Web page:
On Monday morning the television team came to ask for an interview and it was broadcasted the same day in the evening journal. Two days later we had a friendly visit of Emilie. She had seen us on television and was curious to see the boat. Her daughter Lilia was 5 years old and went to the sailing course for the small kids. Emiliee’s husband Guillaume worked for the French marine. He had already worked in a lot of different places, like the Caribbean, French Polynesia and before coming to St. Pierre they had lived in La Réunion for three years because of his job. With our love for this beautiful island in common we connected very quickly and arranged to do a picnic together on the weekend.

Amina would have loved to join the same sailing course as Lilia but it was unfortunately fully booked. Where as Jaël was able to join the optimist course Thursday and Friday and the whole following week. But first she had to proof that she can swim… on Wednesday afternoon they took her to the étang where the sail school had their sup and windsurf classes . The water temperature there was a bit warmer than in the sea. The instructor quickly saw that she could swim, so she was welcome to start sail class the following day.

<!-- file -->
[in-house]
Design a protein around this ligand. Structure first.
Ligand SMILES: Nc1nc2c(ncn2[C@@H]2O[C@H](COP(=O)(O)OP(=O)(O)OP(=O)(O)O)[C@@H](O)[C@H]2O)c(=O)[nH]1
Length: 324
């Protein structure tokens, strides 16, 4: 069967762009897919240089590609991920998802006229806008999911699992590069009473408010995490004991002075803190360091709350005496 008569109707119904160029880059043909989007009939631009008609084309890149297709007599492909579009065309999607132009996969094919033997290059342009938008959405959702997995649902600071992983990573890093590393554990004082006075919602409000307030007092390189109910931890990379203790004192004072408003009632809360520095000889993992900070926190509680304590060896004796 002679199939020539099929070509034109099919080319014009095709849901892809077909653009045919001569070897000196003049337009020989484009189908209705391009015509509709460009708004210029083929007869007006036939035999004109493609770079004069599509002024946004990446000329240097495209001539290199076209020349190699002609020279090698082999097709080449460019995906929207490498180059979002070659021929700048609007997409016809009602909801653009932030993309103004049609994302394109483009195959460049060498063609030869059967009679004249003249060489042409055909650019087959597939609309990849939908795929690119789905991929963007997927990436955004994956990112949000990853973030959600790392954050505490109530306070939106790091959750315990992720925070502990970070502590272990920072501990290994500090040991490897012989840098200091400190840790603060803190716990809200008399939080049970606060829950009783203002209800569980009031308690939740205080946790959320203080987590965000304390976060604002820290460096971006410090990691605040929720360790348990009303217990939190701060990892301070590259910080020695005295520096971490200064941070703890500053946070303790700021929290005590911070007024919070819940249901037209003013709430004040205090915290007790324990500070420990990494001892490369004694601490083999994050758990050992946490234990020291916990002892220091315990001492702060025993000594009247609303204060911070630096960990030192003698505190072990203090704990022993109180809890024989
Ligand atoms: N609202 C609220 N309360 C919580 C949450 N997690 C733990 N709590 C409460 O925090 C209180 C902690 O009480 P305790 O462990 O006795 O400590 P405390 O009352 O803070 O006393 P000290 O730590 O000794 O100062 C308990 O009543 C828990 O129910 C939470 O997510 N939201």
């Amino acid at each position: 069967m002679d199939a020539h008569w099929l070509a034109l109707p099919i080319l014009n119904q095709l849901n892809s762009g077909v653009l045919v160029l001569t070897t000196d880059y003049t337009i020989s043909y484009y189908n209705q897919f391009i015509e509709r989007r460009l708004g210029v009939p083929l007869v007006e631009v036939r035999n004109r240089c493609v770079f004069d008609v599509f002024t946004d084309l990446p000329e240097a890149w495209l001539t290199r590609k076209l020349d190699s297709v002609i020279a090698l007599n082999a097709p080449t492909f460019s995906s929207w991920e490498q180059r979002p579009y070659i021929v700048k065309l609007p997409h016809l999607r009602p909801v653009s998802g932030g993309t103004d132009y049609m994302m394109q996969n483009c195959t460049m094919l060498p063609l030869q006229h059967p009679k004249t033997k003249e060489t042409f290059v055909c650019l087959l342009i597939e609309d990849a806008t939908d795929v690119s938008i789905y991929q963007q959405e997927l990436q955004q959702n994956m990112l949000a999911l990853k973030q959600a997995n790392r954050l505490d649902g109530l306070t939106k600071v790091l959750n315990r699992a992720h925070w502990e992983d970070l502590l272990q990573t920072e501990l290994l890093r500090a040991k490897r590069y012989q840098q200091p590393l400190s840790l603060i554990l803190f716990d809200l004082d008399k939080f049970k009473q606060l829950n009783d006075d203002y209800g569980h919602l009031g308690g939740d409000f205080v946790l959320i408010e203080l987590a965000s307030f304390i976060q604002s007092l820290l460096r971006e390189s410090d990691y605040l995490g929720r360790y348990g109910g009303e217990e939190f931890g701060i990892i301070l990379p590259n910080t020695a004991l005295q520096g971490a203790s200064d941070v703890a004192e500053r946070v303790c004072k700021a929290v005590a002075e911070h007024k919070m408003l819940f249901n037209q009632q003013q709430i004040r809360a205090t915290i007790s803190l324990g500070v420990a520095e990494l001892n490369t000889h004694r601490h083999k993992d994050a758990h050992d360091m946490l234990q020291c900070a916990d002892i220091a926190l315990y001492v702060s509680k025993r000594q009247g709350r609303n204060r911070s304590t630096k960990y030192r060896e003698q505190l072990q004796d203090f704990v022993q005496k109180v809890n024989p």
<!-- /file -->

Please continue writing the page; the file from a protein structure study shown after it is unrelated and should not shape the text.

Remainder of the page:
Jaël loved the sailing course. It was the perfect setting anyway. She could jump off our boat and just walk over to the sailing school. The team there was extremly friendly, motivated, well organized and great with the kids. Amina always accompanied Jaël in the morning in order to play with the other kids before the class and towards the end of the class she would hang around there, hoping she would also get a chance to climb up the mast and ring the bell. And she did! They let her climb up too and she was so happy!

After one week, Annika and Thomas from ASTA arrived. We had not met them in Maine as they where always a bit ahead of us but we had been in touch with them on whats app. They had also tried their luck in Halifax but were not let into Canada either. So Saint Pierre et Miquelon was also their Plan B. It was great to see them again.